The Postal Service wants to move its main post office at the corner of Hoyt and Pacific avenues to a yet-to-be-determined building less than a third the size. There are no near-term plans for layoffs or service cuts.
“The main post office here will remain in place,” USPS real estate specialist Angela Kuhl told the City Council during this week’s meeting. “You would actually get an updated, new post office.”
The new downtown building, she said, would be “as close as possible to the current location.”
No timeline was given.
The efforts to liquidate USPS infrastructure are part of a nationwide effort. For now, no other big changes are imminent in Snohomish County, said Ernie Swanson, a Postal Service spokesman. Earlier plans to replace the downtown Edmonds post office have been put on hold.
The changes come as part of the Postal Service’s struggle to adjust to falling First-Class Mail volumes, as more people correspond by email and pay bills online. Troubles also stem from a requirement to pre-fund USPS retiree health benefits.
As a result, the USPS suffered a $5 billion loss in 2013 and nearly $16 billion in 2012.
In another sign of the Postal Service’s financial distress, the price of a First-Class stamp rose by 3 cents this week, to 49 cents.
The main Everett post office on 3102 Hoyt Ave. includes about 45,000 square feet. The building dates from 1964, according to Snohomish County Assessor records.
A new building with about 12,500 square feet could accommodate those operations, Kuhl said. The goal is to continue all current business, including passport services, at the new building.
Separately, USPS would shut down operations at its Paine Field facility and move them to another building it owns about three miles away on Hardeson Road, Kuhl said.
The facility known as Paine Field Station, on 2201 100th St. SW, would close and be put up for sale. That site only opened its public service counter in 2011, after the USPS shut down another local branch. Before that, it served primarily as a base for mail carriers.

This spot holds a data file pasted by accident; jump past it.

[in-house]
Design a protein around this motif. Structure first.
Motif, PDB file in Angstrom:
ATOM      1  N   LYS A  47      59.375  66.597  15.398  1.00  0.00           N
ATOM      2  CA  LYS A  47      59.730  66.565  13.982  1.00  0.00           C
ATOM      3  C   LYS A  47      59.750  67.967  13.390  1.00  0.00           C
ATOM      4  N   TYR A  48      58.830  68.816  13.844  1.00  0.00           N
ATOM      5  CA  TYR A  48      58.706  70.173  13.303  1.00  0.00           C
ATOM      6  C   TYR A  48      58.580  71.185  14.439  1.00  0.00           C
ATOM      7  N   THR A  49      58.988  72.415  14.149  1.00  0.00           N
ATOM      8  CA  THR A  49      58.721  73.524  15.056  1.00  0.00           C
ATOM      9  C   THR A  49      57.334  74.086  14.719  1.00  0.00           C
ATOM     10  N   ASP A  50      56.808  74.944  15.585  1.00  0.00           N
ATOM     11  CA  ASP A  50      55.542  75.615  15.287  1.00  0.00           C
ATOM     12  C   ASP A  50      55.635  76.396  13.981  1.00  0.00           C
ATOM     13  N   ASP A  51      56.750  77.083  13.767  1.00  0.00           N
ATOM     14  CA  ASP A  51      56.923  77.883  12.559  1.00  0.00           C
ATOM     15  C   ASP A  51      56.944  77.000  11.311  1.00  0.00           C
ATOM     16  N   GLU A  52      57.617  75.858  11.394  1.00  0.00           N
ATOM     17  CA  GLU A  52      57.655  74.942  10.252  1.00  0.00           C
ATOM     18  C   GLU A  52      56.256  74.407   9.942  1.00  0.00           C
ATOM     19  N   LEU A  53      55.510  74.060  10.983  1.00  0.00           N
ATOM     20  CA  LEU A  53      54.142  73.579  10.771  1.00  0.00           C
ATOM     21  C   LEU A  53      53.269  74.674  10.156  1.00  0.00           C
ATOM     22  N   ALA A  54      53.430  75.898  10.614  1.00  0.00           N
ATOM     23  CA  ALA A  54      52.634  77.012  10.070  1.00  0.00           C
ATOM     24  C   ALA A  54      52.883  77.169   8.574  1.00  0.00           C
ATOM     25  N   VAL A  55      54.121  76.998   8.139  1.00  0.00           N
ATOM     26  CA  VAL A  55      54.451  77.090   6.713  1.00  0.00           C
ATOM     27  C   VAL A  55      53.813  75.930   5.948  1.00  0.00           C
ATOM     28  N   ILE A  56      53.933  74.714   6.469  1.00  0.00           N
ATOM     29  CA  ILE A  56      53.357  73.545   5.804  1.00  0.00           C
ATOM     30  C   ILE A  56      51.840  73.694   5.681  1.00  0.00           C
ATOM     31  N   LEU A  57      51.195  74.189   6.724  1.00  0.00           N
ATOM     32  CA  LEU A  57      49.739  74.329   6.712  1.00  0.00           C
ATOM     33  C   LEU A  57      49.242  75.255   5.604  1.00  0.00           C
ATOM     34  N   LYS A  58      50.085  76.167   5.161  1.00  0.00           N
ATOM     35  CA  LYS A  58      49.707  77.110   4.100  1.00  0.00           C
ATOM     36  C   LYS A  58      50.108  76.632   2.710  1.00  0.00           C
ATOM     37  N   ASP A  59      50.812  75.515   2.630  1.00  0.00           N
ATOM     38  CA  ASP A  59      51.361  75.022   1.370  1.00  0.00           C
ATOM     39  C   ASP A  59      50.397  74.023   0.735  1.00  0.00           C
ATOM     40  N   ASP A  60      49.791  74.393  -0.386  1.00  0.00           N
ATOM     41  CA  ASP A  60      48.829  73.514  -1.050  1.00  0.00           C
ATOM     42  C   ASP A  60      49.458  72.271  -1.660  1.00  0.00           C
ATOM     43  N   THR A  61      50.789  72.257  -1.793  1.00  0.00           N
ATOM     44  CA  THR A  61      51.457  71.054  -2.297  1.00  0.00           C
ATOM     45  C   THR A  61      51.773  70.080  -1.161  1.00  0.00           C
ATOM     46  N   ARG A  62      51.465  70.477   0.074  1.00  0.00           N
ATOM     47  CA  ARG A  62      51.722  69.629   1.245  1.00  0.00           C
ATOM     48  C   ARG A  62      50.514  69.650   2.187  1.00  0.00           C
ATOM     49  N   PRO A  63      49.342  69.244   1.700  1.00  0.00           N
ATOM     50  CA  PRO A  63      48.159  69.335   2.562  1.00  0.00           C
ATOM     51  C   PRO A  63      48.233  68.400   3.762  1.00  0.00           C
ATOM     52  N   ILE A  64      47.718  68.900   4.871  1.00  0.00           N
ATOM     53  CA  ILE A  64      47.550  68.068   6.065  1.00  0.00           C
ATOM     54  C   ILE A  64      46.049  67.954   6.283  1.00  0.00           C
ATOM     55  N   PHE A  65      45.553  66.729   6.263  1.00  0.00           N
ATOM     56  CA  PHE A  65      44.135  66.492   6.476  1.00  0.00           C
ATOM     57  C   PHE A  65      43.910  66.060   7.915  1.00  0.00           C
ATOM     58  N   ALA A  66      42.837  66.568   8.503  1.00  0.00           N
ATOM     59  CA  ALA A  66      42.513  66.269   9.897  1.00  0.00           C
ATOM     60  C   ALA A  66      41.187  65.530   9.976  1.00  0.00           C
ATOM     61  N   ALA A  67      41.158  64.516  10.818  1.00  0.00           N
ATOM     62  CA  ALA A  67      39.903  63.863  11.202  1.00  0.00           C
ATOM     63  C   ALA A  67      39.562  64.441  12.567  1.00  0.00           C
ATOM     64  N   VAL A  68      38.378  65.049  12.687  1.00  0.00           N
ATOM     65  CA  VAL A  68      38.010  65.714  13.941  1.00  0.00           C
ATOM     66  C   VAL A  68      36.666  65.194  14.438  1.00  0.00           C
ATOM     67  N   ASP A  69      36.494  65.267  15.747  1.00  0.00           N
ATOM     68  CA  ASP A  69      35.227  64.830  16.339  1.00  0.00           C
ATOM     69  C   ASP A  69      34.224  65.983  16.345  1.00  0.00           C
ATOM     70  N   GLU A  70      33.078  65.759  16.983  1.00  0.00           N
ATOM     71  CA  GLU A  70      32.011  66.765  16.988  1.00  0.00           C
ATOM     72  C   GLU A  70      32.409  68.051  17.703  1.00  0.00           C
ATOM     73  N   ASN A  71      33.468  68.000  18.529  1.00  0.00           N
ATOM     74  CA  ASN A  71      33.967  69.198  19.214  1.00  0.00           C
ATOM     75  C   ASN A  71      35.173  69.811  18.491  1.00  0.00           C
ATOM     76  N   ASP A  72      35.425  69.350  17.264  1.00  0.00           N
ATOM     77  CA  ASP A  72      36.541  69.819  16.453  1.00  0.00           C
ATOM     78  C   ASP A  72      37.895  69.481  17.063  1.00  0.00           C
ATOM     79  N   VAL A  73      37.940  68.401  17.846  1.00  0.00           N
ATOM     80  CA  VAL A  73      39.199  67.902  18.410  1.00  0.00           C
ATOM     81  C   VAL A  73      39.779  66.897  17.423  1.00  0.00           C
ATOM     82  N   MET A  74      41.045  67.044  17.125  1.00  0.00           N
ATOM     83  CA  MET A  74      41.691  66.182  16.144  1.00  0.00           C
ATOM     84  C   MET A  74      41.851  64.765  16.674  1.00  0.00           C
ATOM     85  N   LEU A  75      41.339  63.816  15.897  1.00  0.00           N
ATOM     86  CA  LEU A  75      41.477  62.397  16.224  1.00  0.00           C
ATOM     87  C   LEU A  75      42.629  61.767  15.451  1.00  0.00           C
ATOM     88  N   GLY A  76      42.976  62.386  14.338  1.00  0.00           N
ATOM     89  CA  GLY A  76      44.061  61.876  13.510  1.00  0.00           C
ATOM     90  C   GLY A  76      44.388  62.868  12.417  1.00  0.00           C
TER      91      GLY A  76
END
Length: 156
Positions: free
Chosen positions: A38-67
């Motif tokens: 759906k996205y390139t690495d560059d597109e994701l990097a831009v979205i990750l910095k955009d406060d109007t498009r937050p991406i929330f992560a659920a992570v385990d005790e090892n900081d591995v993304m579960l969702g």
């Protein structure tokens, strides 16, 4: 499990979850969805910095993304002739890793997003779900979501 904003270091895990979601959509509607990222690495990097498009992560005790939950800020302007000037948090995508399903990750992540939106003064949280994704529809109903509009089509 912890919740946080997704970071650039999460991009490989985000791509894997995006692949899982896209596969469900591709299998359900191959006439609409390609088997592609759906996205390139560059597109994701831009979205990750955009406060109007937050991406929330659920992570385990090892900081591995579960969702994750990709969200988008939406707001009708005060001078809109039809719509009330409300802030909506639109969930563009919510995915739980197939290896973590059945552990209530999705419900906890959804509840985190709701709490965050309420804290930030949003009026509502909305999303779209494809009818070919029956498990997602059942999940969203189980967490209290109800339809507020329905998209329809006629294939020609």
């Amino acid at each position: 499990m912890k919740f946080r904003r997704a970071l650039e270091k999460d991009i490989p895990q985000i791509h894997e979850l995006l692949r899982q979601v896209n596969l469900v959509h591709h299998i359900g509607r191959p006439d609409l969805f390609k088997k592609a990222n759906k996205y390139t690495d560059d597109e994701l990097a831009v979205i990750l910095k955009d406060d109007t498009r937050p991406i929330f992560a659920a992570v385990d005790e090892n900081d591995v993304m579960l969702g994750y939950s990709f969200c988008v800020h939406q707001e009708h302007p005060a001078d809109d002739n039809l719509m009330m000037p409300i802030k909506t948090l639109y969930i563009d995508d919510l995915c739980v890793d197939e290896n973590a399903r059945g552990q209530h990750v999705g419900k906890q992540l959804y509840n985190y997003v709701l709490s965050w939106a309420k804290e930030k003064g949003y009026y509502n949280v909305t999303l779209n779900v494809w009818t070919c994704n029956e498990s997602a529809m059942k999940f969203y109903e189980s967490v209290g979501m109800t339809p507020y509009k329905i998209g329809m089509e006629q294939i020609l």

Operations at 8120 Hardeson Road were downsized in 2012 when the Postal Service consolidated mail-processing operations in Seattle. Nearly 100 people lost jobs as a result.
Post office boxes at Paine Field Station would move to Hardeson Road under the new plan.
Before Wednesday’s City Council meeting, the main public notice came in the form of letters taped on post office front doors. The one downtown read:
“As part of a national effort, the Postal Service has been engaged in re-evaluating its facilities. As a self-supporting government agency that receives no tax dollars for its operating expenses, the Postal Service must rely on the sale of postage products and services to generate revenue.”
The letter told people they could learn more at a community meeting. In fact, that meeting was the public comment period allotted at the beginning of Wednesday’s City Council meeting. Kuhl spoke for a few minutes, then stayed in the council lobby to answer questions afterward.
“I don’t think that is adequate notice,” City Council President Jeff Moore said.
The USPS closure process does not directly involve city government, Mayor Ray Stephanson said. The city may become involved in the preparation of a new facility, if zoning changes or building permits are necessary.
Noah Haglund: 425-339-3465, email@example.com.
Have your say
To comment on the U.S. Postal Service changes planned in Everett, write (a letter) to:
Angela Kuhl, USPS real estate specialist
7500 E 53rd Place, suite 1108
Denver, CO 80266-9918
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